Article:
Saturday, February 17, 2018
 
Drought researchers explore future challenges in managing water

Wednesday, August 26, 2015

Drought researchers explore future challenges in managing water

California’s water troubles a harbinger of things to come worldwide, say scientists in new essay

California’s ongoing extreme drought must be a lesson for managing water in a warmer, more densely populated world, says a team of NOAA and University of California climatologists and hydrologists in an essay this week in Nature.

Earth is breathing deeper: Multi-agency study reveals widening seasonal swings in CO2 in the Northern Hemisphere

Monday, August 12, 2013

Earth is breathing deeper: Multi-agency study reveals widening seasonal swings in CO2 in the Northern Hemisphere

Levels of carbon dioxide in the atmosphere rise and fall annually as plants take up the gas in spring and summer and release it in fall and winter through photosynthesis and respiration. Now the range of that cycle is growing as more CO2 is emitted from the burning of fossil fuels and other human activities, according to a study published in Science by Scripps Institution of Oceanography, UC San Diego, with CIRES and NOAA co-authors.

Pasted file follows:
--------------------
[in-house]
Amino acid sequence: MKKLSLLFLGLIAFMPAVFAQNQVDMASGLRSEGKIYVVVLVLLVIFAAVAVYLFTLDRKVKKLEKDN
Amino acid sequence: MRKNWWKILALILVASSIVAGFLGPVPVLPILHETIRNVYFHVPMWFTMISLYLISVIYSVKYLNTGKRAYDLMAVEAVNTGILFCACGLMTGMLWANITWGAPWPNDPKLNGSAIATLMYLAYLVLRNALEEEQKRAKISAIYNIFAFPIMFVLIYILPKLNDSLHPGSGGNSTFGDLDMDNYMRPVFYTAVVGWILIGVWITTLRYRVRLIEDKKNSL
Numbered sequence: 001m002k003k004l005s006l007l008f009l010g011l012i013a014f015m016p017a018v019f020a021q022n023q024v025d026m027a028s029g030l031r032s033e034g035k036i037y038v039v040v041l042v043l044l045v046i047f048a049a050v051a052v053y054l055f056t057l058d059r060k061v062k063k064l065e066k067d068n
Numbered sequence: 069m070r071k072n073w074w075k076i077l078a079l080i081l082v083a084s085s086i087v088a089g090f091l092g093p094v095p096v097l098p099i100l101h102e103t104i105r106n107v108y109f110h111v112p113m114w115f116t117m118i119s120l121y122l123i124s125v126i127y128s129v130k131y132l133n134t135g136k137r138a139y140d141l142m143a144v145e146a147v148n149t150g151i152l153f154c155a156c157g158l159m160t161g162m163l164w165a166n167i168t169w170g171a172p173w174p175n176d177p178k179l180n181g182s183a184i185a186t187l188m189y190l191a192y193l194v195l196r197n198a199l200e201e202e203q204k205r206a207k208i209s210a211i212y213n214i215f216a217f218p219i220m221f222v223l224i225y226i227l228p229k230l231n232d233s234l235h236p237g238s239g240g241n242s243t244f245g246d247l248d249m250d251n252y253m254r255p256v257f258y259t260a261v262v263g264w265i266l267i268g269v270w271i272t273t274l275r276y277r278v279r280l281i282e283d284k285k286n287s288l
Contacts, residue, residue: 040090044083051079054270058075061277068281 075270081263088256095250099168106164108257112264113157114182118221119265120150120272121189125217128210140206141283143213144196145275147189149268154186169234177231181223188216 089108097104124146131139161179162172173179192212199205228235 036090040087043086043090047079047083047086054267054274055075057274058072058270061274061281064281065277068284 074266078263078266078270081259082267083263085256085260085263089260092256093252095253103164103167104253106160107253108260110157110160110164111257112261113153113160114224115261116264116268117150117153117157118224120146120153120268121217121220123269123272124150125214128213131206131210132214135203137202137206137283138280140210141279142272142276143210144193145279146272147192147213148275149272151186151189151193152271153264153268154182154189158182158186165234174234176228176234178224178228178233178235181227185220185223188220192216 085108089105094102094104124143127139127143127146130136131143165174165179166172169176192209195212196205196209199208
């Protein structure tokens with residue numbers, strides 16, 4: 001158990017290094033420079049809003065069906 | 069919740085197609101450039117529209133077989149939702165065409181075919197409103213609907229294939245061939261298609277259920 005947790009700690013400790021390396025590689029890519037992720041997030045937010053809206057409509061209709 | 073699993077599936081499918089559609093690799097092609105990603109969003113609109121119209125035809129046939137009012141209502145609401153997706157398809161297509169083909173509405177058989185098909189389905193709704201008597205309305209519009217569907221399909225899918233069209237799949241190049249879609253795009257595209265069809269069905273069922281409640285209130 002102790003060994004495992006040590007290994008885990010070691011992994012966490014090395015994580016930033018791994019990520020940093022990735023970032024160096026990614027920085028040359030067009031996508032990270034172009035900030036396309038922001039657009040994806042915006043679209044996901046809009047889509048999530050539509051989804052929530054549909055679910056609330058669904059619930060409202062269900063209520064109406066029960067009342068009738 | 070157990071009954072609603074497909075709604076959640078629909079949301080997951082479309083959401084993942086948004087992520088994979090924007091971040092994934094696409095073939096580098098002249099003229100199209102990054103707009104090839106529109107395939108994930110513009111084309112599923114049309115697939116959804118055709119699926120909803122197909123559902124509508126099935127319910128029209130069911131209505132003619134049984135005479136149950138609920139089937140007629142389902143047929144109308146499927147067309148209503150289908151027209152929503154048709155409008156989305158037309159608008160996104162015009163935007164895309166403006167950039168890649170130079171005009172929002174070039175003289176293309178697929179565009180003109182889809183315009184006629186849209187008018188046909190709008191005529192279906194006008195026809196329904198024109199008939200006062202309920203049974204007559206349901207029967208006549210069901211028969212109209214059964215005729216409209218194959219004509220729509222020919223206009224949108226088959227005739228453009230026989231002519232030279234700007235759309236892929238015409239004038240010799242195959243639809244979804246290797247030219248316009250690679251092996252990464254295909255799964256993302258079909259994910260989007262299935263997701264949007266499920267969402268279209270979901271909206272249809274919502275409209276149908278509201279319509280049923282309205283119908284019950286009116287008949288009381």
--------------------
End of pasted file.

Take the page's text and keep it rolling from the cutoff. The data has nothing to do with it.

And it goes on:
Greenhouse gases continue climbing; 2012 a record year

Thursday, August 1, 2013

Greenhouse gases continue climbing; 2012 a record year

NOAA’s updated Annual Greenhouse Gas Index (AGGI), which measures the direct climate influence of many heat-trapping gases like carbon dioxide and methane, shows 2012 continued the steady upward trend that began with the Industrial Revolution of the 1880s.  Last year, CO2 at the peak of its cycle reached 400 ppm for one month at all eight Arctic sites for the first time.
Introducing EMILY and other innovations to improve hurricane forecasts

Thursday, May 17, 2012

Introducing EMILY and other innovations to improve hurricane forecasts

2012 Hurricane Research News Briefs

NOAA researchers will be using several innovative tools, techniques, and research results during the 2012 hurricane season to continue to improve hurricane forecasting. Read our 2012 hurricane research news briefs to learn more.

Los Angeles air pollution declining, losing its sting

Tuesday, June 4, 2013

Los Angeles air pollution declining, losing its sting

The cleanup of California’s tailpipe emissions over the last few decades has not only reduced ozone pollution in the Los Angeles area, it has also altered the pollution chemistry in the atmosphere, making the eye-stinging “organic nitrate” component of air pollution plummet, according to a new study.

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